Case study

KINUTA N–CT01

Norm Architects

With its construction being based on the many facades and doors that you find in shrines, temples and traditional architecture all over Japan, the various wooden parts of the sofa table are intentionally spaced and levelled with high precision, making the furniture piece light in its appearance. The spacing between each element lets the light travel through to make for an organic, living piece of furniture. The stone top carries references to the minimalist designs by famous, Danish designer Poul Kjærholm.

Dimensions

Dimensions
Width
Depth
Height
CM
180
45.8
32

Materials

Materials
Timber
Top
Pure Oak
Marble Tabletop
Smoked Oak
Maple
Walnut
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Kinuta project

The Kinuta Collection has its native setting in two of the 36 Kinuta Terrace apartments located in the Kinuta ward of the Setagaya district in Tokyo. Kinuta Terrace was originally built in the 1980s with an integrated courtyard, giving residents the advantages of a single-family home.
The Keiji Ashizawa Design team has renovated the interiors in collaboration with Norm Architects, creating, amongst a series of interior elements, 12 tailormade furniture pieces that make up the first collection of Karimoku Case Study, all drawing on the natural references of the connected courtyard in an attempt to invite in nature as much as possible — in their design language as well as through their material compositions.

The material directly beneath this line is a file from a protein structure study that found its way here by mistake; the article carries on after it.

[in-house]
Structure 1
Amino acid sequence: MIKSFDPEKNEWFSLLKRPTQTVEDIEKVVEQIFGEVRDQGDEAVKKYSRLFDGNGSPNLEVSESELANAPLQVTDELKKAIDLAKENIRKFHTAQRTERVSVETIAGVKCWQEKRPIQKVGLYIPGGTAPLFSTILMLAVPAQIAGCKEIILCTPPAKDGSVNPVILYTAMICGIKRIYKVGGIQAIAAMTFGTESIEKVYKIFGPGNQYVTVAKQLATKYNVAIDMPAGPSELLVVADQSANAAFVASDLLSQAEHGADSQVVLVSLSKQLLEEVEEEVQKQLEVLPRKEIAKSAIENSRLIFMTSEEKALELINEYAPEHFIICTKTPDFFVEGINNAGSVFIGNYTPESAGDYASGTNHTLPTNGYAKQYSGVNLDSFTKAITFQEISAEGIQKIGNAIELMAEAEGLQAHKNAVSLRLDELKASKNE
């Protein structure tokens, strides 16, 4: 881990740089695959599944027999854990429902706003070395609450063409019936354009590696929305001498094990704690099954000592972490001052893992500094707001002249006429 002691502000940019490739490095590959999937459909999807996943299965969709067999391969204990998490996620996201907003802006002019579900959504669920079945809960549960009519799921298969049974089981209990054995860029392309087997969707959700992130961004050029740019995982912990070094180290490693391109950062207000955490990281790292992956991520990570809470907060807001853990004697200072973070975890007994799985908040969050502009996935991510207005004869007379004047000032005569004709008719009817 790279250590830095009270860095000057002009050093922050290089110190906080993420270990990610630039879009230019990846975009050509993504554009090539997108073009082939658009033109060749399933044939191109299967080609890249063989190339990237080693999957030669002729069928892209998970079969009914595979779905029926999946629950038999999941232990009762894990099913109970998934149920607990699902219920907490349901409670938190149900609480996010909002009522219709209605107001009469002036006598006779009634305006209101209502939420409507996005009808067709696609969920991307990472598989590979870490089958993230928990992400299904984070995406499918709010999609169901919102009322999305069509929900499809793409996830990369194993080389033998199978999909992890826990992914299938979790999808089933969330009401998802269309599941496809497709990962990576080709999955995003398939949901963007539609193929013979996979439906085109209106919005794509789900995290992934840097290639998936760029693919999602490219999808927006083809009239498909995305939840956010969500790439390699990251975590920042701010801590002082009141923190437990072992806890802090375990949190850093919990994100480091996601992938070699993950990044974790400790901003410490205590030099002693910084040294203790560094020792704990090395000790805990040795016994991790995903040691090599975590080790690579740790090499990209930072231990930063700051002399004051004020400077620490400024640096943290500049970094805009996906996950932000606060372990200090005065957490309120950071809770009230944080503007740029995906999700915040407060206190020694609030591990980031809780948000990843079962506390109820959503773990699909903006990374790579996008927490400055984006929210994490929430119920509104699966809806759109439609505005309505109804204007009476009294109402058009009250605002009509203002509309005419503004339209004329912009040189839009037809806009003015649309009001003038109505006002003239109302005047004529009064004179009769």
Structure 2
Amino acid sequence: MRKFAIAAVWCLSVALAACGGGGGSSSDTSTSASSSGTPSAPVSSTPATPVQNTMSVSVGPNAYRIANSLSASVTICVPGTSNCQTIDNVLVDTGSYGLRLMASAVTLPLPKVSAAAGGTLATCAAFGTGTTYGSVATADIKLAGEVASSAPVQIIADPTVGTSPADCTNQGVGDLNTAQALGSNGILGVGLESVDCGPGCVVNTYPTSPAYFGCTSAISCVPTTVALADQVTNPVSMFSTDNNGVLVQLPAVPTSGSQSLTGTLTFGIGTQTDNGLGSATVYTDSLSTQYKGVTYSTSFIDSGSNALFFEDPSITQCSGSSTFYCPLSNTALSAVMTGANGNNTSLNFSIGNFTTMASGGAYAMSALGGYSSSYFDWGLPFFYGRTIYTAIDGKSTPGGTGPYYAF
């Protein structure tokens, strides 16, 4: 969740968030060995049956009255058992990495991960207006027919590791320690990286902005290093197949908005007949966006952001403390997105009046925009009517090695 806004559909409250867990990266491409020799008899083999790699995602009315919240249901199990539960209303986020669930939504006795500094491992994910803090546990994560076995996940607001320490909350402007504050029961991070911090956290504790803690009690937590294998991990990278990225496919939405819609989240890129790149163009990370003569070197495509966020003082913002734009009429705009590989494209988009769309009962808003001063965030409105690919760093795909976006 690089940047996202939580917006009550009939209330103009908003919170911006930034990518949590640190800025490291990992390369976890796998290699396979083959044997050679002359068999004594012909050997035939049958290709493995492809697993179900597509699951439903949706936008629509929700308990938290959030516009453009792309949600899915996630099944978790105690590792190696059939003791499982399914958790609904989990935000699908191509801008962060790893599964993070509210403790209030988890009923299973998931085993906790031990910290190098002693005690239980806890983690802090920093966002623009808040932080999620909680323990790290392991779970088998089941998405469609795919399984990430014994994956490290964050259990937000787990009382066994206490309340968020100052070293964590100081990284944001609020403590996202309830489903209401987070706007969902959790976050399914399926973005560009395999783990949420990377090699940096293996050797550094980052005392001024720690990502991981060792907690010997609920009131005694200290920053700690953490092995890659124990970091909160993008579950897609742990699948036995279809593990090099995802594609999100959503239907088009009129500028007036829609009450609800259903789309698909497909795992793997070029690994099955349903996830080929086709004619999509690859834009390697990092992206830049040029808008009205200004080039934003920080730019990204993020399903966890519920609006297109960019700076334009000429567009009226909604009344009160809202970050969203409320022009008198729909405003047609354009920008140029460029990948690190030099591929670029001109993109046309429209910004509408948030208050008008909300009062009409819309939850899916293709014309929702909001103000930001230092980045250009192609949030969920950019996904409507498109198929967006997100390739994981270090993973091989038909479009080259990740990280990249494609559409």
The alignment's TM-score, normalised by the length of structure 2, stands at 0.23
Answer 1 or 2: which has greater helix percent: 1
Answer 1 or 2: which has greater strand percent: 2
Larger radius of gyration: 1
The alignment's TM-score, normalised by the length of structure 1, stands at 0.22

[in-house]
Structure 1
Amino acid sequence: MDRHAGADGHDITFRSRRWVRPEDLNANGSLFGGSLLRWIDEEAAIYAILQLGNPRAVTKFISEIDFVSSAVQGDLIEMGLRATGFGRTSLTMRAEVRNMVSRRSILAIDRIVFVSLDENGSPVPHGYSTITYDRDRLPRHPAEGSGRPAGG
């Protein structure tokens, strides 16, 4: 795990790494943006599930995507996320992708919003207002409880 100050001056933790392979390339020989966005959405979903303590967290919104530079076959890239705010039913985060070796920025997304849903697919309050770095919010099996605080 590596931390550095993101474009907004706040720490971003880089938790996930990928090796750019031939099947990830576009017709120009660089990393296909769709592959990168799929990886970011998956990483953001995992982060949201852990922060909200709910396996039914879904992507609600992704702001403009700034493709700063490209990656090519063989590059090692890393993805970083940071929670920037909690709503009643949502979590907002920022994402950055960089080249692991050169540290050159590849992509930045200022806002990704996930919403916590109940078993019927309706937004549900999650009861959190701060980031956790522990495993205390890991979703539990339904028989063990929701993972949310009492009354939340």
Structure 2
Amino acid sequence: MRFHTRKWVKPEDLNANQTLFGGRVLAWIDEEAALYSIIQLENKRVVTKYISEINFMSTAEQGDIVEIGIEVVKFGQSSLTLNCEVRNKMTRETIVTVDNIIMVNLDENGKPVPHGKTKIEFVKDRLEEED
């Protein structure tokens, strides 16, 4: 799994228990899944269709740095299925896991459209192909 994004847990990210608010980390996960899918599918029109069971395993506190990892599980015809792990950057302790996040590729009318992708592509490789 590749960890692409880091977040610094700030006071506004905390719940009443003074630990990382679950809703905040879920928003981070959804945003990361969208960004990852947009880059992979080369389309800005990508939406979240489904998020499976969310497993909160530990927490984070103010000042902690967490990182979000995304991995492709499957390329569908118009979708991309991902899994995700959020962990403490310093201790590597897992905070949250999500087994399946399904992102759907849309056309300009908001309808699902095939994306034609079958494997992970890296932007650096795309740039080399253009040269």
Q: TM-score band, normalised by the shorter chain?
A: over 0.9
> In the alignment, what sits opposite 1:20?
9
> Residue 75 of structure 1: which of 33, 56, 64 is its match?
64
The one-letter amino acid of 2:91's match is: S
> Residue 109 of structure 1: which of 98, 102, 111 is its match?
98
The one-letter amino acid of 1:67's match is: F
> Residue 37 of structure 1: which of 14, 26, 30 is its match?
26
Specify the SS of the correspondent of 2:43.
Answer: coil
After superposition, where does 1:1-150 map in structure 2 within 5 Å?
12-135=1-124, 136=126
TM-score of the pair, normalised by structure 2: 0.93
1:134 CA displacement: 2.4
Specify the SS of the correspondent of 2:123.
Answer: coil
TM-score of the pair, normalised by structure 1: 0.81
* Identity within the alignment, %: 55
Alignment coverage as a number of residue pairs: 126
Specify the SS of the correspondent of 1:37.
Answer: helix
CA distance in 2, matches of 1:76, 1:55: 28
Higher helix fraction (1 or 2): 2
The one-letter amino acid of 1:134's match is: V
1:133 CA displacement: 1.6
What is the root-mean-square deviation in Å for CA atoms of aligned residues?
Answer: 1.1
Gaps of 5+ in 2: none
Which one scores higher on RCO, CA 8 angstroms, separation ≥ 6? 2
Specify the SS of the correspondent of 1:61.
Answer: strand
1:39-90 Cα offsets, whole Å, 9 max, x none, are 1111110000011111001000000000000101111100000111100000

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Norm Architects

Norm Architects was founded in 2008. The multidisciplinary design studio works within the fields of industrial design, residential architecture, commercial interiors, photography and art direction. Much like human well-being, the essence of Norm Architects’ work is found in balance — between richness and restraint, order and complexity.
Each project — whether in architecture, interiors, design or creative direction — is imbued with the same intrinsic quality: a simplicity that carries bigger ideas. Guided by the body and mind rather than by trends or technology, their projects explore ideas that not only look good, but feel good too: Architecture be- comes thoughtful, minimalism acquires softness and visual matter assumes haptic qualities. Their work is sharp and crisp, and exudes, tacitly, a focus on quality, details and durability. Situated in one of the oldest streets of Copenhagen, Denmark, the studio is respectful to its context here and build on the traditions of Scandinavian de- sign — of timeless aesthetics, natural materials and upholding modernist principles of restraint and refinement. Through exploring what it is that heightens the human senses regardless of personal preference, their projects strip spaces, objects, ideas and images back to their simplest form. Their expertise lies in finding the balance — when there’s nothing more to either add nor take away.
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Karimoku Case Study




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